Quantenna Communications is hitting the gas with a “wave 2” 802.11ac chip for gateways and other home networking devices that, it claims, can support usable throughputs of up to 1.3 Gbps while still offering consistent speeds when signals are required to blast through walls and other obstructions.
Achieving such speeds would depend on how close the user is the access point and determined by other network conditions, but the actual max throughputs aren’t far off the chip’s Physical Layer throughput of 1.7 Gbps, said company CEO Sam Heidari.
Achieving speeds of 1 Gbps or more in the home with 802.11ac can achieve a couple of important things. For one, it would eliminate potential bottlenecks by matching the speed of the home network with the speeds entering the home via the access network. And, for service providers that implement it in set-tops and gateways, 802.11ac gives them a speedy, in-home wireless backbone capable of distributing high-definition video and other bandwidth-intensive services and apps to tablets, smart TVs, gaming consoles and other Wi-Fi-capable consumer electronics devices.
802.11ac is also considered a complement to and, if its performance proves to be reliable enough, a possible replacement for wireline home networking technologies. In the world of cable, a popular one is Multimedia over Coax Alliance (MoCA), a platform that delivers video and other data over the home’s coax network at speeds up to 800 Mbps. MoCA isn’t supported on many devices outside of the set-top and gateway category, but bridges outfitted with Wi-Fi could help to expand the range of the home’s wireless network.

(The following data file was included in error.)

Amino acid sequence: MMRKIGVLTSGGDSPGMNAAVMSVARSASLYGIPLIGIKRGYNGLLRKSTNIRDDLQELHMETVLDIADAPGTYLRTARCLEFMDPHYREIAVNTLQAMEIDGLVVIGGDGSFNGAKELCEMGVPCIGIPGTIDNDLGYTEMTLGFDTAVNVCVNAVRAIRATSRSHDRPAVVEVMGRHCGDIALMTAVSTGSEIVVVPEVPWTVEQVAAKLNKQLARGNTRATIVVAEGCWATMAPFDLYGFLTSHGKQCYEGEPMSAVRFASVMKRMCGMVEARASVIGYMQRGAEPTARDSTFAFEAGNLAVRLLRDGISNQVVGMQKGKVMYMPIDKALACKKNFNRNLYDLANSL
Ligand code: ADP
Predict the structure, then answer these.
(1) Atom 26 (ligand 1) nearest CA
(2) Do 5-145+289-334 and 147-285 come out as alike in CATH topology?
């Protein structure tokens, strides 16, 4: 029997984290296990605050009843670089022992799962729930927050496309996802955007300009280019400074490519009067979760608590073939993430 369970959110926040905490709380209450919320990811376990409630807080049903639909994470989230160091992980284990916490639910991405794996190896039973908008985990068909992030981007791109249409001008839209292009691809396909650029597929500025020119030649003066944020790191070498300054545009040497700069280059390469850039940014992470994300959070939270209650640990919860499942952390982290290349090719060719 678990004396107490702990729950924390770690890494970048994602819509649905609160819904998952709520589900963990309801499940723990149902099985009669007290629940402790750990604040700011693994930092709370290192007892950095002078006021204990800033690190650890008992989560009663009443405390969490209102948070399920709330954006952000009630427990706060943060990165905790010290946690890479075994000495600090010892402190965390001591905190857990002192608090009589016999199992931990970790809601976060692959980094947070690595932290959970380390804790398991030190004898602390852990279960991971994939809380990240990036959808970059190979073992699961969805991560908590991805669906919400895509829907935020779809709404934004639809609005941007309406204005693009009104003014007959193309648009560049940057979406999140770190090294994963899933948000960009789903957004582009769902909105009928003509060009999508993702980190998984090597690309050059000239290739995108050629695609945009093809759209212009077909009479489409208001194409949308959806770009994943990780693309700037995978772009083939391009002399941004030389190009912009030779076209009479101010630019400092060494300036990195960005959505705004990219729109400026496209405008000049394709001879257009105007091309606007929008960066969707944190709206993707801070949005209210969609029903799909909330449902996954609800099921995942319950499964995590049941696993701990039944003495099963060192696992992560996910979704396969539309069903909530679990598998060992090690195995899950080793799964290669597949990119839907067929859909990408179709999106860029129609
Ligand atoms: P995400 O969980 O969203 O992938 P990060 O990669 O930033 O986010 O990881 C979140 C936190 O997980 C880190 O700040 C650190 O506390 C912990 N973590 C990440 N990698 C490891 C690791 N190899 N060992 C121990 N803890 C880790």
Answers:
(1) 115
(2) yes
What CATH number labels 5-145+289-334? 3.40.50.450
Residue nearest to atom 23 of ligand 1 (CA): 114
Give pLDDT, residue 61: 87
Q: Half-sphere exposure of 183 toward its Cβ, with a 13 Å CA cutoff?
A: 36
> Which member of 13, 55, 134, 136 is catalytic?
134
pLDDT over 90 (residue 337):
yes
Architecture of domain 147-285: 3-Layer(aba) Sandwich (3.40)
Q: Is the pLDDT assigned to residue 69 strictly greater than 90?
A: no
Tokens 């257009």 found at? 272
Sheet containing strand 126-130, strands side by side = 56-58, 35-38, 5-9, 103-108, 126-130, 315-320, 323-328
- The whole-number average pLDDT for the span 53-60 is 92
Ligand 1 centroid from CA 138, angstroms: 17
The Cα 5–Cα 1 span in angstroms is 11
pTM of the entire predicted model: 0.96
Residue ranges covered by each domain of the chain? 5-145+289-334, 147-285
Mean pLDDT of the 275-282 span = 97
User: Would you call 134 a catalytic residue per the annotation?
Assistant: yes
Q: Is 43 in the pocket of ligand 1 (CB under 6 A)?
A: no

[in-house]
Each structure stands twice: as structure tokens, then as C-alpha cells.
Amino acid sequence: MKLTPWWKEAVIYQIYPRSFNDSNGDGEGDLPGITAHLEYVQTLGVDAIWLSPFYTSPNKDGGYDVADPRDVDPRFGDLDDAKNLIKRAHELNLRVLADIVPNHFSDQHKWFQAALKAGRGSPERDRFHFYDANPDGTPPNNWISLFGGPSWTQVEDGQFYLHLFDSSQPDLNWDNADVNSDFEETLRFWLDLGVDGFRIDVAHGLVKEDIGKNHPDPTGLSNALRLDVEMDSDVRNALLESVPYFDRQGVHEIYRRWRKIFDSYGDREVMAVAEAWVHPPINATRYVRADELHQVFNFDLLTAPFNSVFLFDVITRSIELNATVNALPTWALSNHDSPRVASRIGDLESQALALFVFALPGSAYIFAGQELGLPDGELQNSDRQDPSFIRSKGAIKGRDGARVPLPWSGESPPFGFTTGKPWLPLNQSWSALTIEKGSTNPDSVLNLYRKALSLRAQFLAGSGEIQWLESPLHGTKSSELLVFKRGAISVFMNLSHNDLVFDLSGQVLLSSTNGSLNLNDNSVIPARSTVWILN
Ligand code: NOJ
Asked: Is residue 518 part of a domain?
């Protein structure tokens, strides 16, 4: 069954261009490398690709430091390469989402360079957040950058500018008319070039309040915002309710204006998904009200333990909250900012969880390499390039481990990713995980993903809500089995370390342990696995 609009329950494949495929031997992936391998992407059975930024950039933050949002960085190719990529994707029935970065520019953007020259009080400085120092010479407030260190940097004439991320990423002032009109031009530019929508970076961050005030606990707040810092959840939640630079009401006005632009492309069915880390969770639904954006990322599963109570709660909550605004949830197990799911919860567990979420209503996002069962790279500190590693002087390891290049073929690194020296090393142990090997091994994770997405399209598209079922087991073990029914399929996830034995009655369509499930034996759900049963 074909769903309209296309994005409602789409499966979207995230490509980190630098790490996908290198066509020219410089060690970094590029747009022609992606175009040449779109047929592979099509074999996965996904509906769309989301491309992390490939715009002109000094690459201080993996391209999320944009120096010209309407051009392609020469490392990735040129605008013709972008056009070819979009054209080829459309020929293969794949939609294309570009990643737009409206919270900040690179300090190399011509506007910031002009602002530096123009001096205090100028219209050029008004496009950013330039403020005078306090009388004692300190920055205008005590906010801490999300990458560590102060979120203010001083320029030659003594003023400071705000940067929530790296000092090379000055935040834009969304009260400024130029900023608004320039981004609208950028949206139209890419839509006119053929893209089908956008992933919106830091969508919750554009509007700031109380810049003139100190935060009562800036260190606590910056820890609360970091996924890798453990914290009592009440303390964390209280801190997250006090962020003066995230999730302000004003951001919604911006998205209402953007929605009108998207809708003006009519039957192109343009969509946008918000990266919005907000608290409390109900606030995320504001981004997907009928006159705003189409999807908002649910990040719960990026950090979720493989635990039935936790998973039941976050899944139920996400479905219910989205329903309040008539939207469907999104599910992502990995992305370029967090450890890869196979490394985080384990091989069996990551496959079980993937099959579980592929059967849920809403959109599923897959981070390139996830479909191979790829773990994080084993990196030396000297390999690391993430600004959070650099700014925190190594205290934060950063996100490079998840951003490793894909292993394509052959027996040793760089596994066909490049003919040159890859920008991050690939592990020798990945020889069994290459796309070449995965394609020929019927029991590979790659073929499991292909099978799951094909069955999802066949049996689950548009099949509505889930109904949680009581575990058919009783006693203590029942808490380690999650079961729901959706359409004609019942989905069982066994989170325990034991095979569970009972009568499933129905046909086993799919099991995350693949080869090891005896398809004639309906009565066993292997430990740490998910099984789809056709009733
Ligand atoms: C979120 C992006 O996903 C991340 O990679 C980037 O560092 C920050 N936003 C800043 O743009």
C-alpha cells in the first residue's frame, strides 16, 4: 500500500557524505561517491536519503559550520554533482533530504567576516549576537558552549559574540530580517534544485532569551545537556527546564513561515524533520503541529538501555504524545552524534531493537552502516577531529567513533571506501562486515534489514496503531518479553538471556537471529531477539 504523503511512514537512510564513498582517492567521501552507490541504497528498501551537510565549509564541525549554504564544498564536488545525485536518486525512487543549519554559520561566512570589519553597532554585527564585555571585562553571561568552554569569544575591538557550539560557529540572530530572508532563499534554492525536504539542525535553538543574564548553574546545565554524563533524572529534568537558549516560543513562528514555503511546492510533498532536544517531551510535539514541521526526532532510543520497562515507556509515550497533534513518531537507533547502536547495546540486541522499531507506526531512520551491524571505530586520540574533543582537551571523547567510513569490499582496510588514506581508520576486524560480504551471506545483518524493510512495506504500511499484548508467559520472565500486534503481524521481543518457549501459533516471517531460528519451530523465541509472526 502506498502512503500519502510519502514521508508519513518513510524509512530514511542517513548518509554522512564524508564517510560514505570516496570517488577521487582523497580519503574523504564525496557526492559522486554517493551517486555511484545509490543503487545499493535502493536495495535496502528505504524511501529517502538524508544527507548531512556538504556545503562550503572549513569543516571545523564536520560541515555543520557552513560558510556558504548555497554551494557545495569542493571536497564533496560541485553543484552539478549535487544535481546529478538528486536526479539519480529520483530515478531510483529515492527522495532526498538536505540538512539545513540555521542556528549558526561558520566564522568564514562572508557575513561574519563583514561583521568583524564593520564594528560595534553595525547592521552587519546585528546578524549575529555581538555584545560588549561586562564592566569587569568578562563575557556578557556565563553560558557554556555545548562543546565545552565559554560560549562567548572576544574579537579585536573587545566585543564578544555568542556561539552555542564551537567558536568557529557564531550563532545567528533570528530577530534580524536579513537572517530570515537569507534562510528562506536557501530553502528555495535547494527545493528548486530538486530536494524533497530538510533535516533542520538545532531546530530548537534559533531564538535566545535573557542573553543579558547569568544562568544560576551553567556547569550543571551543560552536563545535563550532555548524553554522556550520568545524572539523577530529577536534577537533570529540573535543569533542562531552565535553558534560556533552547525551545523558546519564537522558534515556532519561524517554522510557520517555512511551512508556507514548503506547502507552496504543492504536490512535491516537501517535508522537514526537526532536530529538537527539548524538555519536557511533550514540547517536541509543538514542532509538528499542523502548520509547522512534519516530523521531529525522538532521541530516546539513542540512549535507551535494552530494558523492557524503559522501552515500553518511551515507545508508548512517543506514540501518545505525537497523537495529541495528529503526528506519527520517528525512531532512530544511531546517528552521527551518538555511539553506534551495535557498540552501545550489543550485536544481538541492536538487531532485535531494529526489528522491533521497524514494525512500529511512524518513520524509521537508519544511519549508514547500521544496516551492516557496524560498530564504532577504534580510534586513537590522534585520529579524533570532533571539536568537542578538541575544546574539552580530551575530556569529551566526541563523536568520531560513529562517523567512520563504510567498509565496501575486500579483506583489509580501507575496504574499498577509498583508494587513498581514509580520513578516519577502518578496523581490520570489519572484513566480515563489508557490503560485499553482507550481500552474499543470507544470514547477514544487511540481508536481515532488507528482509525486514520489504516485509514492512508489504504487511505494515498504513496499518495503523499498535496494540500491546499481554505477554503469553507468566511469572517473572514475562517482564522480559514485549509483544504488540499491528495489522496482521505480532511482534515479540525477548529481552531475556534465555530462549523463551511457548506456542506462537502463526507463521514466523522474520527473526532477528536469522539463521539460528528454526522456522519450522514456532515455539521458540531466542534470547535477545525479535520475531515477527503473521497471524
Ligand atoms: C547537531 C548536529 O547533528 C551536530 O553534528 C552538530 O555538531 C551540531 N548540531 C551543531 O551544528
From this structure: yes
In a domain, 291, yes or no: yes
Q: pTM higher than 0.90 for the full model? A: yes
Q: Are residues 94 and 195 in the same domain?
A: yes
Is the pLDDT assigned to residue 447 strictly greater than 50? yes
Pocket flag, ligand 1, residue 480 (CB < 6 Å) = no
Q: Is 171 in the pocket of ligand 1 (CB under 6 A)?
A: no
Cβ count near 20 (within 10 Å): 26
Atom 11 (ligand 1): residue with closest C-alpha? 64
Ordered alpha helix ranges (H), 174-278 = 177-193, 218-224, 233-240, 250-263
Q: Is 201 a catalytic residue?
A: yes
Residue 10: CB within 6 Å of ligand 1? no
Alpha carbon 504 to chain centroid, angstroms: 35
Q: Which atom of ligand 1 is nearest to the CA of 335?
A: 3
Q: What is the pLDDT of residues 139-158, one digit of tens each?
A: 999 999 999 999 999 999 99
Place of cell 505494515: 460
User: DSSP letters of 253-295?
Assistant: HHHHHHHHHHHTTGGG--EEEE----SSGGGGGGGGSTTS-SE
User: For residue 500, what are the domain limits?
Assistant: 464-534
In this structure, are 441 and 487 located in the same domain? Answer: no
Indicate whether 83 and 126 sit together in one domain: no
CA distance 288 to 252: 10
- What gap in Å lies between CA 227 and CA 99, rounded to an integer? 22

Heidari would not go as far as to say that 802.11ac is poised to replace MoCA, but said “Wi-Fi is going to be a core, central part” of any home network. “The cable community is taking a great interest in Wi-Fi.”
Among recent examples, Comcast introduced a DOCSIS 3.0-powered wireless gateway made by Cisco that uses 802.11n to reach in-home speeds of 270 Mbps, and devices supporting 802.11ac are on the roadmap.
Most of the known service providers that utilize Quantenna’s previous generation chips are telcos based in Europe, and include Telefónica, Swisscom, and France Telecom, among others. Heidari said he expects that service provider figure to rise to more than a dozen as Quantenna's technology expands more broadly into North America and other regions. He said cable operators are conducting field tests with Quantenna’s latest chips, but declined to name them.
The QSR1000 is sampling now, and Heidari expects volume shipments to kick in by the end of the second quarter or the start of the third quarter of 2013. It’s not disclosing pricing.
Celeno Communications, Qualcomm Atheros and Broadcom are among a handful of players that are competing with Quantenna, which landed a $79 million round last April. Liberty Global, for example, is using Celeno’s Wi-Fi silicon in its IP-capable Horizon gateway.